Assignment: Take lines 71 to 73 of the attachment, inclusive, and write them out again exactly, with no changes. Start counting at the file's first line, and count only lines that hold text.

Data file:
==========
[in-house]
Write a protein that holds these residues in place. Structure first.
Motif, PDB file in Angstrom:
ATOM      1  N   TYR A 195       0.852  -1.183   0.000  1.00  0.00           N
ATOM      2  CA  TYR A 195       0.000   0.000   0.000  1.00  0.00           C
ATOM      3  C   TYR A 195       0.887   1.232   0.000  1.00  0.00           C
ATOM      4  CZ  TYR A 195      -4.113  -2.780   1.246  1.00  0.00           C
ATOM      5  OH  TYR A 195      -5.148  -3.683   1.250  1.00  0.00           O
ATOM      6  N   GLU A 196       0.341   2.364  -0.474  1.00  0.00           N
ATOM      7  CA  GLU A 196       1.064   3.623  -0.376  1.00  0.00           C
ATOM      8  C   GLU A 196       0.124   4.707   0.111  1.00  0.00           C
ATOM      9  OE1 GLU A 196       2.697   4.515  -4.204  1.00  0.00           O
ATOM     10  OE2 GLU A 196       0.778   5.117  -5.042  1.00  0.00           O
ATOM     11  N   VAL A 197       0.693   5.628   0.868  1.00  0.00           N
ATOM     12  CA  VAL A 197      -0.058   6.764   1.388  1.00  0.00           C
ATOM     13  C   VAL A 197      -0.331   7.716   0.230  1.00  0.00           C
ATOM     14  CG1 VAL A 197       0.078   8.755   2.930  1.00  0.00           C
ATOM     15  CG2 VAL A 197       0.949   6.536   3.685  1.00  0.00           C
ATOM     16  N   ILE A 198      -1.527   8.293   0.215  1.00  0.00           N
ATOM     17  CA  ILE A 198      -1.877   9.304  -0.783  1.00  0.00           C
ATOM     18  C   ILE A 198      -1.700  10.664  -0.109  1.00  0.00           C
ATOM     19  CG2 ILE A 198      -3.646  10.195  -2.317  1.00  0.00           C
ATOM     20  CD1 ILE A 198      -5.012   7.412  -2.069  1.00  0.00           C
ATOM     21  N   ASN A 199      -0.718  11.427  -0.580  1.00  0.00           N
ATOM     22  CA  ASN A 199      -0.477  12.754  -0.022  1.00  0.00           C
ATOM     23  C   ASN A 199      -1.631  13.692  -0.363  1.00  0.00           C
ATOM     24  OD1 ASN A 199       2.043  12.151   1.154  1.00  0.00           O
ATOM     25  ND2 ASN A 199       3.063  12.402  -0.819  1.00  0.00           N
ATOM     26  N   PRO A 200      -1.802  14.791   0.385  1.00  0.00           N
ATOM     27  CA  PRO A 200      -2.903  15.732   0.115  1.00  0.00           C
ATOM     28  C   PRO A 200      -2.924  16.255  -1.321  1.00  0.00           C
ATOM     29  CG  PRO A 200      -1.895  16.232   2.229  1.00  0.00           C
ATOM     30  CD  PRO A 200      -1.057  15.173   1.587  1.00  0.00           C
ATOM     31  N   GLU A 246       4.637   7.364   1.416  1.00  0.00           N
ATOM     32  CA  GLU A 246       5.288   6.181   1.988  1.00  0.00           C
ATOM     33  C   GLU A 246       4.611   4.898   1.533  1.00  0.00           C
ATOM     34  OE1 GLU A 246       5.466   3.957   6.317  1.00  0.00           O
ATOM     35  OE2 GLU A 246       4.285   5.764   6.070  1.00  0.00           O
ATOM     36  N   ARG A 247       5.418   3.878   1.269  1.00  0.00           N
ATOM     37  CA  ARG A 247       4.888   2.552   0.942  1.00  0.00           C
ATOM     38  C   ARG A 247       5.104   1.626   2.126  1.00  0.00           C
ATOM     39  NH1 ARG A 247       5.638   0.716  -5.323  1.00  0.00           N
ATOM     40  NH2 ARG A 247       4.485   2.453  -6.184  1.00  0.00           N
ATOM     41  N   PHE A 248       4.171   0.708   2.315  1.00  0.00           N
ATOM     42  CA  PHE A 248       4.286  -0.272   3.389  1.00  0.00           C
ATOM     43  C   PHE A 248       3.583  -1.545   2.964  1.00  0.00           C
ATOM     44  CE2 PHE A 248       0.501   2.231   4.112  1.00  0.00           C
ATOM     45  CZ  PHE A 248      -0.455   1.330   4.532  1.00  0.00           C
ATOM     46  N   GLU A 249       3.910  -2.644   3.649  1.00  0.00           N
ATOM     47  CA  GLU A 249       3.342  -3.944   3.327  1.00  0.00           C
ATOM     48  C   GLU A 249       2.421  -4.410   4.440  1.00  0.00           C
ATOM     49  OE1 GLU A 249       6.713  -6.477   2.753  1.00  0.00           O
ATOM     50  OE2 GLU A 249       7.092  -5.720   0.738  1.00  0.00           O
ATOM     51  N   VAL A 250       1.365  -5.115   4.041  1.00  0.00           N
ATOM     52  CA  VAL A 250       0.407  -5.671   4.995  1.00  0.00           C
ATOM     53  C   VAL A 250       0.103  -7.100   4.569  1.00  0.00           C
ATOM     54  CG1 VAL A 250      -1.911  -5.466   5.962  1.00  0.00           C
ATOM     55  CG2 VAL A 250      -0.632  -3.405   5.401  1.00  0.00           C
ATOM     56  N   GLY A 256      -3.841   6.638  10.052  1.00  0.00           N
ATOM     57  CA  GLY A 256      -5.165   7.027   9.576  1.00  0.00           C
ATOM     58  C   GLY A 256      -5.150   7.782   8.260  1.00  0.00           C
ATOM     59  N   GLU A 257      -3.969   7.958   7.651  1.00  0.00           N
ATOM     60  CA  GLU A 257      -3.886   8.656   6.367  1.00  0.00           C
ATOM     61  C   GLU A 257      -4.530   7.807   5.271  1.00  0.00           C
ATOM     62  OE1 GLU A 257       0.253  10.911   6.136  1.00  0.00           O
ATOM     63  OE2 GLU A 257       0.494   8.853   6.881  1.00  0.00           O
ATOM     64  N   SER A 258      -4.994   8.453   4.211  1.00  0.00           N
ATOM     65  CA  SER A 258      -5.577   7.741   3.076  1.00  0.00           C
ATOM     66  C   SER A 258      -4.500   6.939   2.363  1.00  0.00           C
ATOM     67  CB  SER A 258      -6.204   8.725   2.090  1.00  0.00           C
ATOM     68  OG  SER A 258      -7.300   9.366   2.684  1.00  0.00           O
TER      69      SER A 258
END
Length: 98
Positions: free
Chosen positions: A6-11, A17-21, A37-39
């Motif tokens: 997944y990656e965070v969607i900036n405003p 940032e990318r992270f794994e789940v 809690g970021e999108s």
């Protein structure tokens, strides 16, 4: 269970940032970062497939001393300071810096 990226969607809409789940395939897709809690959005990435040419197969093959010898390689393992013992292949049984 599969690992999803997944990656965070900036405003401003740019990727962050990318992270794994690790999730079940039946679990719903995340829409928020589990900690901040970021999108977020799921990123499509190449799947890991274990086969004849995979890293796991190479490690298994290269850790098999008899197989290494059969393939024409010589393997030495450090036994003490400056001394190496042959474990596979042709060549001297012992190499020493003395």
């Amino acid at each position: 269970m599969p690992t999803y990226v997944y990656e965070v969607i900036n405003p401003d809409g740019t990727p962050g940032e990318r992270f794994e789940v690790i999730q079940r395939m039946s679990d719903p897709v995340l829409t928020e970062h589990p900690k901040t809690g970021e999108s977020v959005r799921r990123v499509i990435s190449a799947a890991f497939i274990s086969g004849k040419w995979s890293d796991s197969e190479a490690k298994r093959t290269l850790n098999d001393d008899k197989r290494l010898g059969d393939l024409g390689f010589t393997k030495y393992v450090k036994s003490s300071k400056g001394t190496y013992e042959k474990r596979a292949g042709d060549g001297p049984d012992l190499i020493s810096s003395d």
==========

ATOM     68  OG  SER A 258      -7.300   9.366   2.684  1.00  0.00           O
TER      69      SER A 258
END